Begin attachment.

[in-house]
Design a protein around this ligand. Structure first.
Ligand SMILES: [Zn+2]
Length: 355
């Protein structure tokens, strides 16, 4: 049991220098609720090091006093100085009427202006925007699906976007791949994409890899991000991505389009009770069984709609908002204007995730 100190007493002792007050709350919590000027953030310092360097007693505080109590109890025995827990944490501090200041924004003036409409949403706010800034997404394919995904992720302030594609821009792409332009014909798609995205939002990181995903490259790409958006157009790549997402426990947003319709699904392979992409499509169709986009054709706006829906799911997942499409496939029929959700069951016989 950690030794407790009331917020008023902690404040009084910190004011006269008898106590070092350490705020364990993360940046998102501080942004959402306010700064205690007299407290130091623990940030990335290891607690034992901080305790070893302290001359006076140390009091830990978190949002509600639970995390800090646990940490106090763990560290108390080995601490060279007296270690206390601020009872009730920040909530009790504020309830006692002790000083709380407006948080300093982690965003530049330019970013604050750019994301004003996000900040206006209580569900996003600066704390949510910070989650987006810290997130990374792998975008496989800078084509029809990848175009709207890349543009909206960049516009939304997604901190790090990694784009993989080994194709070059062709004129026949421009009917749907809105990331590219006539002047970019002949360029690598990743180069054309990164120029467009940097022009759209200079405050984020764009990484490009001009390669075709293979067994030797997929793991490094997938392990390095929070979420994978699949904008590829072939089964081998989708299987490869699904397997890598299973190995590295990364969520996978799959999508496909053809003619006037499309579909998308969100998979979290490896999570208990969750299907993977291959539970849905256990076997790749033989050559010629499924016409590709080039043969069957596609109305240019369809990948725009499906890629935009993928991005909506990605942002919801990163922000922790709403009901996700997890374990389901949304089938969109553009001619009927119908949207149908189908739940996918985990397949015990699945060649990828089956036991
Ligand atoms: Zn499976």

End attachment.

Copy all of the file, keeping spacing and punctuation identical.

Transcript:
[in-house]
Design a protein around this ligand. Structure first.
Ligand SMILES: [Zn+2]
Length: 355
């Protein structure tokens, strides 16, 4: 049991220098609720090091006093100085009427202006925007699906976007791949994409890899991000991505389009009770069984709609908002204007995730 100190007493002792007050709350919590000027953030310092360097007693505080109590109890025995827990944490501090200041924004003036409409949403706010800034997404394919995904992720302030594609821009792409332009014909798609995205939002990181995903490259790409958006157009790549997402426990947003319709699904392979992409499509169709986009054709706006829906799911997942499409496939029929959700069951016989 950690030794407790009331917020008023902690404040009084910190004011006269008898106590070092350490705020364990993360940046998102501080942004959402306010700064205690007299407290130091623990940030990335290891607690034992901080305790070893302290001359006076140390009091830990978190949002509600639970995390800090646990940490106090763990560290108390080995601490060279007296270690206390601020009872009730920040909530009790504020309830006692002790000083709380407006948080300093982690965003530049330019970013604050750019994301004003996000900040206006209580569900996003600066704390949510910070989650987006810290997130990374792998975008496989800078084509029809990848175009709207890349543009909206960049516009939304997604901190790090990694784009993989080994194709070059062709004129026949421009009917749907809105990331590219006539002047970019002949360029690598990743180069054309990164120029467009940097022009759209200079405050984020764009990484490009001009390669075709293979067994030797997929793991490094997938392990390095929070979420994978699949904008590829072939089964081998989708299987490869699904397997890598299973190995590295990364969520996978799959999508496909053809003619006037499309579909998308969100998979979290490896999570208990969750299907993977291959539970849905256990076997790749033989050559010629499924016409590709080039043969069957596609109305240019369809990948725009499906890629935009993928991005909506990605942002919801990163922000922790709403009901996700997890374990389901949304089938969109553009001619009927119908949207149908189908739940996918985990397949015990699945060649990828089956036991
Ligand atoms: Zn499976």